A student demonstrates the new point-of-care ultrasound technology, which is being incorporated into the IU School of Medicine curriculum.
Indiana University School of Medicine is continuing its emphasis on innovation in medical education to ensure it evolves to meet the future needs of students, patients and communities.
Paul Wallach, MD
Led by Executive Associate Dean Paul M. Wallach, MD, the school launched a renewed focus on innovation in the summer of 2018. More than 100 members of the school community gathered to put forward their best and boldest ideas at an inaugural Innovation Summit. Scores of other faculty, staff and learners shared their suggestions through an online Innovation Portal.
In the months since, the school has assembled a comprehensive list of innovation recommendations it will further consider and is assessing how to prioritize projects and initiatives. The recommendations fall into four primary categories:
• Better use of technology for both learning and patient care
• Improved coaching
• Greater integration of health system science into the curriculum
• Creation of a culture that promotes and inspires innovation
“Our vision is to create a culture where innovation is woven into the fabric of who we are,” Wallach said. “This is not a one-time exercise or something that will be solved with the addition of one or two new programs. We will continue exploring ideas, and we will continue communicating with and engaging the school community.”
Wallach has shared the recommendations with key groups, including students, regional campus deans, faculty involved with curriculum, lead advisors and residents, and has sought input prioritizing projects.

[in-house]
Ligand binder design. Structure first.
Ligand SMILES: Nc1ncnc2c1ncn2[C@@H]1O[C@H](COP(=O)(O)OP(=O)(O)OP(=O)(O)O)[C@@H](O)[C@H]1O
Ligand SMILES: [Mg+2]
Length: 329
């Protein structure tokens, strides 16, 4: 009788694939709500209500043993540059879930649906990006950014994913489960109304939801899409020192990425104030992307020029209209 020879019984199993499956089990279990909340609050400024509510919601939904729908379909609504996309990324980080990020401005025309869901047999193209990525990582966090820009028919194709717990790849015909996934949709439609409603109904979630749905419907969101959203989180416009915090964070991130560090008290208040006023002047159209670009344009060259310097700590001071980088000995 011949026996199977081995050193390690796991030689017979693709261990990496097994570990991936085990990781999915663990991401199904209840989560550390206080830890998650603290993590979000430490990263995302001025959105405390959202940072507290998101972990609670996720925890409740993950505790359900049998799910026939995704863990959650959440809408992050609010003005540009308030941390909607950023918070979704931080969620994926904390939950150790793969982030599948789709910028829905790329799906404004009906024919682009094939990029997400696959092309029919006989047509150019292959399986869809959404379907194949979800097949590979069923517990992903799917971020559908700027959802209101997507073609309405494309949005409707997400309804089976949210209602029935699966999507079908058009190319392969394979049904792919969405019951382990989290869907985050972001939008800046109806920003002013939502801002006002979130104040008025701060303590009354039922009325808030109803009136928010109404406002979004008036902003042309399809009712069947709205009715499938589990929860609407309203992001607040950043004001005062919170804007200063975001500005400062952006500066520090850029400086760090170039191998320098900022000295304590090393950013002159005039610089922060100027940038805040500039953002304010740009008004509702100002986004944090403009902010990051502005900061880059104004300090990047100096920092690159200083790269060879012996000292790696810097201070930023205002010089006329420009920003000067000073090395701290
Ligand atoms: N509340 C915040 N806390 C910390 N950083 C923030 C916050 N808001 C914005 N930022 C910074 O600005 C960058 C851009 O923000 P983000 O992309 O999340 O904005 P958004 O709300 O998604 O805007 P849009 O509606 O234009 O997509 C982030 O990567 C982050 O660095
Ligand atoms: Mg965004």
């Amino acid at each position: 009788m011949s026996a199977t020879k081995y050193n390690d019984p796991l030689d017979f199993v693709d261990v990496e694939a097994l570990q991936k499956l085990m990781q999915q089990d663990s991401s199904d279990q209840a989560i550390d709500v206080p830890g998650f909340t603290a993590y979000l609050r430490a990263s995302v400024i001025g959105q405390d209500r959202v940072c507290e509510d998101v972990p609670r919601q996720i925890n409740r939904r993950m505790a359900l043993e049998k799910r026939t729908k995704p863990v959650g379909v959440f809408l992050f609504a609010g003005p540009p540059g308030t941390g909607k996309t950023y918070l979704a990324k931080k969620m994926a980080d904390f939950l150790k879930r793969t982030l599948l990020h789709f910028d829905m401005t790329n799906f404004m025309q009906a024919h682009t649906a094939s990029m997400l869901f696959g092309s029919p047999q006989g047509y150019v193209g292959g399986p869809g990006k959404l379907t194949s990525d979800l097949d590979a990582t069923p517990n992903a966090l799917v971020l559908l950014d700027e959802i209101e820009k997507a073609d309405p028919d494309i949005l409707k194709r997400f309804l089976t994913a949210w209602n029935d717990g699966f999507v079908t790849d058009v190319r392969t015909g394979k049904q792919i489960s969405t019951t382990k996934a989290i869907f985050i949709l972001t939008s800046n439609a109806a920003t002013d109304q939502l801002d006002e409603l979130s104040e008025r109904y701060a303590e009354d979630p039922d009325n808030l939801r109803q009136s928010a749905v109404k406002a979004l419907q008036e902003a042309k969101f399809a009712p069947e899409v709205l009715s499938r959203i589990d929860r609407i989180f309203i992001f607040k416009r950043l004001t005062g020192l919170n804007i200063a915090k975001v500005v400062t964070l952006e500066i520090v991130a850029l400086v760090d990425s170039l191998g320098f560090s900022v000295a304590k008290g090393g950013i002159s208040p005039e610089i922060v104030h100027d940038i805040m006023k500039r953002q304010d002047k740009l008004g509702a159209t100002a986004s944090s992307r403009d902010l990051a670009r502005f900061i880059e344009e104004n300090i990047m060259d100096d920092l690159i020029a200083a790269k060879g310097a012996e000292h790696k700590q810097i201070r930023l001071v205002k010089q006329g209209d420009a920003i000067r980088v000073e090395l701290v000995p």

Even as the school continues gathering information, it is moving ahead with select initiatives. For example, the Scholarly Concentrations program was announced in January by Dean Jay L. Hess, MD, PhD, MHSA, and will begin this summer. The program enables students to pursue interests and topics outside the formal curriculum such as aging studies; ethics equity and justice; and urban medicine and health care disparities.
The school will also begin to deploy a point-of-care ultrasound curriculum in the upcoming school year. More information about these plans will be shared in the months ahead.
Indiana University School of Medicine has a proud history of innovating in medical education. The school pioneered the use of regional campuses to deliver high quality medical education throughout the state. More recently, it was the first school in the country to implement a unique teaching electronic health record to prepare students to use EHRs when they enter residency and practice.
The views expressed in this content represent the perspective and opinions of the author and may or may not represent the position of Indiana University School of Medicine.
Director of Strategic Communications
Karen Spataro served as director of the Indiana University School of Medicine Office of Strategic Communications from 2018-2020. She is now the Chief Communications Officer at Riley Children's Foundation.